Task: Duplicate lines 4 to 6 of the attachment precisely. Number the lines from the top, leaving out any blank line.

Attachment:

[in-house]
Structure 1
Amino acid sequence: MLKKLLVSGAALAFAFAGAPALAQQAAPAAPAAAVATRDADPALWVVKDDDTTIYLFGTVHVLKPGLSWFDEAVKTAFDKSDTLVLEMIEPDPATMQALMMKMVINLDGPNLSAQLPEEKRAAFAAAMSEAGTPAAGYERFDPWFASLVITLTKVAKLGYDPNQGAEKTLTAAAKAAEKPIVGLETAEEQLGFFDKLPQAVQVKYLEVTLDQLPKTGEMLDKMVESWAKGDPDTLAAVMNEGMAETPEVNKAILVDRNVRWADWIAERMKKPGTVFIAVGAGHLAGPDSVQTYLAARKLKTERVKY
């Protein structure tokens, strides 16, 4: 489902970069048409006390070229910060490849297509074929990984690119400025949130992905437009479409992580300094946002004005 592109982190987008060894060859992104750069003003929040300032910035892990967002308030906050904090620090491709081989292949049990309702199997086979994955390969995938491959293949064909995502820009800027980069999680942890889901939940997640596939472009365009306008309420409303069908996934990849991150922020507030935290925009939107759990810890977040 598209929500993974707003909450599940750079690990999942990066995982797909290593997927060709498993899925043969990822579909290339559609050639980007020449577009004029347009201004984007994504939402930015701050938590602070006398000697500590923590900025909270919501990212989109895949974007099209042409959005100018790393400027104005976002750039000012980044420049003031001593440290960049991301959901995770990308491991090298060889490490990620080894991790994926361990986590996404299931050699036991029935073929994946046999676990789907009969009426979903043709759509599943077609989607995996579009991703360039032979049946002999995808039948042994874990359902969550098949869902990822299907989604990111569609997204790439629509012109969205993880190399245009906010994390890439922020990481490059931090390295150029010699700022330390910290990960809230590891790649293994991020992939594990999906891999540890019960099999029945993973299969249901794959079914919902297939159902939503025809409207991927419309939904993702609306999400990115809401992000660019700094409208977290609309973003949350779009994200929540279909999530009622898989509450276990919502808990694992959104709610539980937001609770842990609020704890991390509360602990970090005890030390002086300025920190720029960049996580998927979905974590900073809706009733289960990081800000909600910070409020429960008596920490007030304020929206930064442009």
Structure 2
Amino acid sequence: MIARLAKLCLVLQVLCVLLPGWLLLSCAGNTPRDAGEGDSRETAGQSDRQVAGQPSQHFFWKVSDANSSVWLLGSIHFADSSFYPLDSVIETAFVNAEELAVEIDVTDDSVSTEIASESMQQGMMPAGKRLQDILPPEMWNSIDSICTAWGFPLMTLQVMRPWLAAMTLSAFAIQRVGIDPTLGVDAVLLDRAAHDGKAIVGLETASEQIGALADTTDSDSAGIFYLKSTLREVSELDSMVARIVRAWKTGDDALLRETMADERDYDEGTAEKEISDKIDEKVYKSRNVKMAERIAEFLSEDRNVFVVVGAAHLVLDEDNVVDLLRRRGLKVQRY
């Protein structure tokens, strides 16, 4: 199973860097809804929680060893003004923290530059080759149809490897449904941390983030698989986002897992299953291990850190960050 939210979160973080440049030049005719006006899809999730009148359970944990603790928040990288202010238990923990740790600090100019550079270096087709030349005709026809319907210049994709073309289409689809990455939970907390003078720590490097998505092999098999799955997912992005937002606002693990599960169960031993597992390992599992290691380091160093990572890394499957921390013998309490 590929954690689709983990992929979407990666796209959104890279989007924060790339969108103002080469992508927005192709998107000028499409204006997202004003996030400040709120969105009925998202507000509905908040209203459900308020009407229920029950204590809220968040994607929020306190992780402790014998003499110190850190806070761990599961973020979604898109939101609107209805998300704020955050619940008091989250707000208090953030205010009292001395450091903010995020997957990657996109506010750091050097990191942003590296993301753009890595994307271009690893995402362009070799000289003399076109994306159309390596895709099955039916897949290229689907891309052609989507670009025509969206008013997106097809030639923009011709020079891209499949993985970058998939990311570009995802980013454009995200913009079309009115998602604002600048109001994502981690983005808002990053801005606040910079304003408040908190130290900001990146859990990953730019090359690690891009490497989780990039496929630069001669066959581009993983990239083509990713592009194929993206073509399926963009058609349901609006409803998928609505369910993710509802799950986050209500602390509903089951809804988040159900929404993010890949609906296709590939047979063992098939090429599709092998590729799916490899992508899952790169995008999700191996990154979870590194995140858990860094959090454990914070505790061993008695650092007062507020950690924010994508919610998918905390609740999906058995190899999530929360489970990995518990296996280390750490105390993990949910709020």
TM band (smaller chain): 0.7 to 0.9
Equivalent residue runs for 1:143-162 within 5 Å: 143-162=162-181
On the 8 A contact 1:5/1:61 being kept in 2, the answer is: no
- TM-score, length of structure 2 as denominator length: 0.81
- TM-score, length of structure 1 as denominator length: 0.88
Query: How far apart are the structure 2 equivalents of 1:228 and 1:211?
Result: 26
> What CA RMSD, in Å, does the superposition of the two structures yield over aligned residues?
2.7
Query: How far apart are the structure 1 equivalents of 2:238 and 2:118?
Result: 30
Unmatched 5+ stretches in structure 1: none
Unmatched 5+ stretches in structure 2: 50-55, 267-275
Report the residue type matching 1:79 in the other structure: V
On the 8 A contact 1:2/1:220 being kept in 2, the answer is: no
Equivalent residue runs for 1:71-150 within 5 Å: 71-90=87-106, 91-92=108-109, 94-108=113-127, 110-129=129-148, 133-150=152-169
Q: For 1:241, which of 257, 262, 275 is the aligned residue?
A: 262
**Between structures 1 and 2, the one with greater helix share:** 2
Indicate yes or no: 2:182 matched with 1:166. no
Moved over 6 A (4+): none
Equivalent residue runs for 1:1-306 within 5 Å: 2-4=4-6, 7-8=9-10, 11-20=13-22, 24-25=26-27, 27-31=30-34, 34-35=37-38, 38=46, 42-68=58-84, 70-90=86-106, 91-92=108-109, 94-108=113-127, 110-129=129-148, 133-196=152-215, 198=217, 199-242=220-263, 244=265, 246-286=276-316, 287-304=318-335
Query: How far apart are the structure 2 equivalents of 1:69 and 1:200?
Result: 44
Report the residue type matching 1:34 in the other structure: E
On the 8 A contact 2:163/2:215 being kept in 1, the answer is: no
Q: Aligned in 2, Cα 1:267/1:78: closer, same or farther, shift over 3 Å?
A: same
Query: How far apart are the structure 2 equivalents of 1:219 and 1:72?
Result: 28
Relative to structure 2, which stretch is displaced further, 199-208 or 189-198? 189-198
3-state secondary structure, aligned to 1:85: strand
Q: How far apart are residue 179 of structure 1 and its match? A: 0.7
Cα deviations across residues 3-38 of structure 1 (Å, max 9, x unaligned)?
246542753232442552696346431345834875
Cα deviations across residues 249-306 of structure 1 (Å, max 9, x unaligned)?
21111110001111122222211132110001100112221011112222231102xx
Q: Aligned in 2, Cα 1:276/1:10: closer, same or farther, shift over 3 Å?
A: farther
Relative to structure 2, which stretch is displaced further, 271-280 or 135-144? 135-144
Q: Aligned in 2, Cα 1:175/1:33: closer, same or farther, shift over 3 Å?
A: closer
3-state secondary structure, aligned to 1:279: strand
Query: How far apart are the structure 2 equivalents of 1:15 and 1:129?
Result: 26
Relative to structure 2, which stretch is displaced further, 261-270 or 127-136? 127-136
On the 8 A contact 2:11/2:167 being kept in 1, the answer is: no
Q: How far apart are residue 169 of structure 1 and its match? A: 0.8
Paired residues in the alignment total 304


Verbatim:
């Protein structure tokens, strides 16, 4: 489902970069048409006390070229910060490849297509074929990984690119400025949130992905437009479409992580300094946002004005 592109982190987008060894060859992104750069003003929040300032910035892990967002308030906050904090620090491709081989292949049990309702199997086979994955390969995938491959293949064909995502820009800027980069999680942890889901939940997640596939472009365009306008309420409303069908996934990849991150922020507030935290925009939107759990810890977040 598209929500993974707003909450599940750079690990999942990066995982797909290593997927060709498993899925043969990822579909290339559609050639980007020449577009004029347009201004984007994504939402930015701050938590602070006398000697500590923590900025909270919501990212989109895949974007099209042409959005100018790393400027104005976002750039000012980044420049003031001593440290960049991301959901995770990308491991090298060889490490990620080894991790994926361990986590996404299931050699036991029935073929994946046999676990789907009969009426979903043709759509599943077609989607995996579009991703360039032979049946002999995808039948042994874990359902969550098949869902990822299907989604990111569609997204790439629509012109969205993880190399245009906010994390890439922020990481490059931090390295150029010699700022330390910290990960809230590891790649293994991020992939594990999906891999540890019960099999029945993973299969249901794959079914919902297939159902939503025809409207991927419309939904993702609306999400990115809401992000660019700094409208977290609309973003949350779009994200929540279909999530009622898989509450276990919502808990694992959104709610539980937001609770842990609020704890991390509360602990970090005890030390002086300025920190720029960049996580998927979905974590900073809706009733289960990081800000909600910070409020429960008596920490007030304020929206930064442009």
Structure 2
Amino acid sequence: MIARLAKLCLVLQVLCVLLPGWLLLSCAGNTPRDAGEGDSRETAGQSDRQVAGQPSQHFFWKVSDANSSVWLLGSIHFADSSFYPLDSVIETAFVNAEELAVEIDVTDDSVSTEIASESMQQGMMPAGKRLQDILPPEMWNSIDSICTAWGFPLMTLQVMRPWLAAMTLSAFAIQRVGIDPTLGVDAVLLDRAAHDGKAIVGLETASEQIGALADTTDSDSAGIFYLKSTLREVSELDSMVARIVRAWKTGDDALLRETMADERDYDEGTAEKEISDKIDEKVYKSRNVKMAERIAEFLSEDRNVFVVVGAAHLVLDEDNVVDLLRRRGLKVQRY